As if in command of the city, Piero waves a hand across the empty market square, grandly saying, “And now Venice lives. Really, Venice is a fine place in the night. Sleep in Venice and you see the quiet Venice. When you see a menu turistico, go away. When you see old men speaking Italian in a restaurant, this is a good place. I take you now to Bepi’s.”

Greeting old friends as we walk, Piero explains how in Venice, if you open a restaurant you must decide if you want to attract tourists or Venetians. “To make a tourist restaurant is no problem,” he says. “You see the people only one time. Even talking to them is not necessary. One-time visitors, it means bad food.”

We arrive at Trattoria da Bepi and Piero kisses the cheeks of the waiter before he continues. “For me, a good restaurant is like home. Mama is cooking.”

Sitting down at an outdoor table, Piero points out Bepi. He stands as if carved into his cicchetti bar, surrounded by toothpick munchies on trays and well-fed neighbors. Cicchetti (pronounced chi-KET-tee) are the Venetian version of tapas—an array of finger foods and appetizers that combine to make a speedy, tasty meal, best washed down with little glasses of wine.

“We are maniacs about fish in the North Adriatic,” Piero says, before introducing me to Bepi’s son, Loris. “Loris is a nightmare in the fish market. He knows what is no good…what is OK…always finds the best. His mama is a Venetian mama, Delfina. I ask her to tell me how she cooks the fish. She puts her hand on her heart and says, ‘There is no recipe. It is from here.’”

Loris and Piero work up a dinner plan on a scratch pad as if putting together the guest list for a very special evening. They discuss each plate like it’s an old friend.

Soon plates start to arrive. Piero goes immediately for the polenta with cod saying, “In the south they call the people of Venice ‘polenta eaters.’”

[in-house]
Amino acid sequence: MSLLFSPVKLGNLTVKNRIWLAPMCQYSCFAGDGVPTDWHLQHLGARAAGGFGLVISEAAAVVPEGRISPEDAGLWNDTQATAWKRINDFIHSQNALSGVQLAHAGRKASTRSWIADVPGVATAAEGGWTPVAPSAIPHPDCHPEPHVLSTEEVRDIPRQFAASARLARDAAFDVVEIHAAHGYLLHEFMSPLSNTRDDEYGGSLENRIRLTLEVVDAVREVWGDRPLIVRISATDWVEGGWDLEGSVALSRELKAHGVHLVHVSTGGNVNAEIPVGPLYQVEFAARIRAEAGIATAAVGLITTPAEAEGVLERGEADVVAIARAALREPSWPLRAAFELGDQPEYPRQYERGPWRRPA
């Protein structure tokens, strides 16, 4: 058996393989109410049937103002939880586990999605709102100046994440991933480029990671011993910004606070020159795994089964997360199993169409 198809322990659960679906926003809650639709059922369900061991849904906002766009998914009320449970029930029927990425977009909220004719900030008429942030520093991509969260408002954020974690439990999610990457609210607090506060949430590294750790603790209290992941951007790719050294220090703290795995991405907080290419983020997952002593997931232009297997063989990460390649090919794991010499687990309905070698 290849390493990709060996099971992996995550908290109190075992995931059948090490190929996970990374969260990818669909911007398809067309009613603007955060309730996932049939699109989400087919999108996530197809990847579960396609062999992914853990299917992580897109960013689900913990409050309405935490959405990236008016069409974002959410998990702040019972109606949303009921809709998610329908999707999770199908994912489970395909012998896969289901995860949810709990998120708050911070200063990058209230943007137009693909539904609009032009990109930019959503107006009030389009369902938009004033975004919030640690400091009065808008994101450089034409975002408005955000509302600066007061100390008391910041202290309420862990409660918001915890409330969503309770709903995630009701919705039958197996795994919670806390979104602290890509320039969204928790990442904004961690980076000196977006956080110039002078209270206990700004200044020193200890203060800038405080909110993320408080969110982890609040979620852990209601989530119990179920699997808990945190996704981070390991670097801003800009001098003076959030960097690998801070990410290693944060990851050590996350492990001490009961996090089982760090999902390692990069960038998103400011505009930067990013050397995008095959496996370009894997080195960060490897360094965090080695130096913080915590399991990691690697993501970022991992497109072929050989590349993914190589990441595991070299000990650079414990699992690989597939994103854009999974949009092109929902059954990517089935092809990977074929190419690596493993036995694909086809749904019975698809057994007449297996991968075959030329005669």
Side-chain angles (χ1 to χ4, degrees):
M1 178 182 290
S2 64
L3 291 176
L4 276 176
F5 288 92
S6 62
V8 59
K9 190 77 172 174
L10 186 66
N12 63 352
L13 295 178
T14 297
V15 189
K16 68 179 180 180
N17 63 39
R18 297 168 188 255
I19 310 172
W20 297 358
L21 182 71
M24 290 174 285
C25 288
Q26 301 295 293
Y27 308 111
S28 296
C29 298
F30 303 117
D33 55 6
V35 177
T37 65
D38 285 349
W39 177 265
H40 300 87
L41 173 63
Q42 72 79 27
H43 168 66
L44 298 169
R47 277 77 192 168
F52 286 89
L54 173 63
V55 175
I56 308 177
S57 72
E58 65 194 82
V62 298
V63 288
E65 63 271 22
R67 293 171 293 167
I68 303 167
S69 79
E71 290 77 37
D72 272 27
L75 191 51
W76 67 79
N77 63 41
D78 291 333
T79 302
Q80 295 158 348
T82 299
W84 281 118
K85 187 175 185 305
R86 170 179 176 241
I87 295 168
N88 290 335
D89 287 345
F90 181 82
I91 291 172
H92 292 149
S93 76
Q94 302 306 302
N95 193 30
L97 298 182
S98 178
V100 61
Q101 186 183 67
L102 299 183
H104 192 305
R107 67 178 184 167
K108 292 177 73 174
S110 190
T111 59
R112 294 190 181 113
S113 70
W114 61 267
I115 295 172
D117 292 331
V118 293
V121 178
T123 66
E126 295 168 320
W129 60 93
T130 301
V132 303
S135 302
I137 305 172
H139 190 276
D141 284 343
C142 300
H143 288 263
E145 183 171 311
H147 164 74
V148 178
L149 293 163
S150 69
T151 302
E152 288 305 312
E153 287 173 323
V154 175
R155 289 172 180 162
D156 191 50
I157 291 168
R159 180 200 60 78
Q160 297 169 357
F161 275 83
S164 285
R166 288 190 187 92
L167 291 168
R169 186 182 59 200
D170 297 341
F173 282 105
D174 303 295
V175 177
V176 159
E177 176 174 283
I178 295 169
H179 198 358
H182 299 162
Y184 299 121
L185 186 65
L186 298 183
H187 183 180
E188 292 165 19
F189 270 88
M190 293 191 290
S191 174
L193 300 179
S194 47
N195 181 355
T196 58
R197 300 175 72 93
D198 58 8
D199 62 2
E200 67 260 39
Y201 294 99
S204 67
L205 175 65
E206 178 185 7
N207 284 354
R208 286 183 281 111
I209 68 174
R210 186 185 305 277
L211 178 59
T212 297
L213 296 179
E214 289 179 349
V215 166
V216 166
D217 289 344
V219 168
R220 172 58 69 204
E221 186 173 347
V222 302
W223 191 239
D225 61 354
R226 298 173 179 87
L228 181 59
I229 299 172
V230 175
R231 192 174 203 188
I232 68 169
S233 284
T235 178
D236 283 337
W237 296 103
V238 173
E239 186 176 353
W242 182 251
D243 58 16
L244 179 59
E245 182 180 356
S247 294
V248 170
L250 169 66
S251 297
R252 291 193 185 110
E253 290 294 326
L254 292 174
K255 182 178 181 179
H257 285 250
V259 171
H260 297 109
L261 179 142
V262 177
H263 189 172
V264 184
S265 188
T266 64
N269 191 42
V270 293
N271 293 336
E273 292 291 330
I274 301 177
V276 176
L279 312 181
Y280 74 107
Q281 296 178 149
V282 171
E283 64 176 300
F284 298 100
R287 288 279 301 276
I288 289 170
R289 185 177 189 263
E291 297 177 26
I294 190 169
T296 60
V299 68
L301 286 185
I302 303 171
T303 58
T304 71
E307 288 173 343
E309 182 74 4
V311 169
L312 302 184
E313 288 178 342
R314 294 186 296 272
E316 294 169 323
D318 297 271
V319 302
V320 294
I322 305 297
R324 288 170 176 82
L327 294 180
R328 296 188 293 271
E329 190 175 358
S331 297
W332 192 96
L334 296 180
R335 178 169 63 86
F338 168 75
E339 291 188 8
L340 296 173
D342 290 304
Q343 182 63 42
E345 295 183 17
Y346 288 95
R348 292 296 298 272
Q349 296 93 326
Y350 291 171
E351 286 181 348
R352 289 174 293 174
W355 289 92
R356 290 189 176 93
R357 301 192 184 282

Piero splashes a hunk of bread into the broth under a pile of empty mussel shells and says, “You can feel the sea here.”

The conversation stops as a girl in a short wispy skirt prances by on the arm of a local Romeo. Piero says, “Is incredeeble. Look at this one! This is Venice. I am sorry. I am Italian. I watch the girls.”

As another lovely Italian woman struts by, Piero observes, “Giorgione, he is a good artist—yes—but this…this is better. Oh, Dio. I have a beautiful girlfriend. She is a model. But I cannot be married. It is impossee—”

I interrupt Piero by pretending to notice a woman over his shoulder. He stops mid-sentence to see what distracts me. It’s nothing—but I make my point: The default switch in his mind is set on girl-watching.

Suddenly, it’s back to the fine dining. Loris brings a plate of six crawfish with tails peeled and ready to bite. As I peer skeptically at the strange-looking creatures, Piero says, “More aliens.”

As I pick one up and bite off the tail, I notice how cold and limp it feels. I ask, “Is this raw?”

“Yes…Italian sushi.”

A bit later, Loris returns. “Now we have the pasta with crab sauce.” He serves Piero and puts the big bowl in front of me.

“Ahhh,” Piero says, “For the peasant family, this was the biggest honor…to get the original bowl.”

The real treat for me is the luxury of being able to eat local with a local in a place like Venice.

This article was adapted from Rick’s new book, For the Love of Europe.

Rick Steves ( writes European travel guidebooks and hosts travel shows on public television and public radio. Email him at This email address is being protected from spambots. You need JavaScript enabled to view it. and follow his blog on Facebook.